About rockets and websites

by Duncan Wilcox, Aug 29, 2022

I’m a big space nerd, I love rockets, I love the sheer manifestation of power, and the engineering that goes behind controlling and harnessing that power.

Today the first launch of the Artemis missions was cancelled due to an “untested valve” in the $20 billion SLS rocket, that’s been in development for over a decade, or nearly two decades considering the roots in the Project Constellation Ares rocket.

Previously the Space Shuttle program launched 135 missions over a 30 year span ended in 2011. While the ambition of the Space Shuttle program was to have a reusable system, NASA never developed the vehicles beyond the initial design, which required so much refurbishing after each flight that the final cost estimate was around $1.5 billion per launch (2011 dollars).

SLS is the first big rocket to launch in just over 10 years, though it’s not a reusable system, so more comparable to the Saturn V rocket of the Apollo missions, that last launched 50 years ago in 1972.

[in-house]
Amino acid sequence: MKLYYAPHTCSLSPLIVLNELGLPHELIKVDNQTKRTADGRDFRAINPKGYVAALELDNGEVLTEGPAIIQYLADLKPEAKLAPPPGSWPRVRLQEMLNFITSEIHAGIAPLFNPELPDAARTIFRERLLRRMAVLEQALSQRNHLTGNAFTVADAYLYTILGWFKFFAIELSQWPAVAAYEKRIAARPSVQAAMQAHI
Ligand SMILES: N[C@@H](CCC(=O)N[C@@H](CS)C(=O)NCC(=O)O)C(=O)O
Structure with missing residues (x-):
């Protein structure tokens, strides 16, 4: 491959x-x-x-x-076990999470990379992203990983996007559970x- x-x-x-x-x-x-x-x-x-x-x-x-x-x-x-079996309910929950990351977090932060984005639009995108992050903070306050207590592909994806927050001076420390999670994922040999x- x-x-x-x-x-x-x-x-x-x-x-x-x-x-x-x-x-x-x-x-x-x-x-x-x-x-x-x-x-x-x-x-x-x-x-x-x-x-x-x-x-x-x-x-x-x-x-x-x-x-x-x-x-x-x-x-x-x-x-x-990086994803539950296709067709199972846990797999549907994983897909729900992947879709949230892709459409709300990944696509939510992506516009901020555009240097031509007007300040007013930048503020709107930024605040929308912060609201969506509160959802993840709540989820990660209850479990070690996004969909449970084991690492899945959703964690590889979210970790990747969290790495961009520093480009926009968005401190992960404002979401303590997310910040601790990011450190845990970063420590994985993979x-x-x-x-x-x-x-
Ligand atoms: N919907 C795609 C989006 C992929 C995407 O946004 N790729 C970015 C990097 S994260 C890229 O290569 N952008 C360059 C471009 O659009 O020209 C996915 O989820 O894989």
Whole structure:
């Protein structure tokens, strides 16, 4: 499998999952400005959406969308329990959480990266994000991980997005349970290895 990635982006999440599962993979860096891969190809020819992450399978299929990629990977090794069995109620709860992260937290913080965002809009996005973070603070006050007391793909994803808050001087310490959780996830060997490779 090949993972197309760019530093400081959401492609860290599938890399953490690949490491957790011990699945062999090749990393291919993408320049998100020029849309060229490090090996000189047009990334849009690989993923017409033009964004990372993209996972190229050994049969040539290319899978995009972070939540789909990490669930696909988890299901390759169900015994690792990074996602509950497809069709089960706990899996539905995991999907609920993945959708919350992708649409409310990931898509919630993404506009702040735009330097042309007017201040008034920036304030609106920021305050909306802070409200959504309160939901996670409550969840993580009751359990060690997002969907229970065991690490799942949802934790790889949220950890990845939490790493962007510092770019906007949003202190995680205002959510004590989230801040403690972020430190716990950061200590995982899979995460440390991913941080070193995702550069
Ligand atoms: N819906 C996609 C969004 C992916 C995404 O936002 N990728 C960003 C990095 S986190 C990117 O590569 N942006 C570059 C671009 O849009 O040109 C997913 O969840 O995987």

Be it 10 or 50 years, rocket engineering is clearly not just about controlling the power, it’s also about making a launch reliable and repeatable, and shooting a one-off design into space, a rocket that’s never been launched before quite like this, is full of unknowns and leaves no room for failure. This breaks schedules and budgets, and the SLS is a testament to that.

A reusable rocket design makes it cost effective for SpaceX to launch a rocket every few days, an average of 12 days in 2021 and on track for an average of 7 days between launches in 2022, with exceedingly rare cancellations due to technical reasons. The technology and the process have been perfected.

Interestingly the term “launch” is also used for websites, or a website redesign, often a multi month project, as if the engineering that goes into building one is as complex as a rocket.

And yet, every time you publish your Sparkle website, the underlying HTML, CSS and Javascript code is rebuilt in its entirety from scratch, reliably, with no risk or difference from the last time you published.

Clearly there’s a different philosophy at work, 10 years versus 10 days, several months versus several minutes.

Simply put, the rapid iteration is a great indicator of technical stability and consistency.

When you “launch” your website many times a day, you know the technical issues have been taken care of, you know you can rely on Sparkle, you know the website code is engineered, there’s no trembling artisanal work, no last minute untested valve, no holding your breath.

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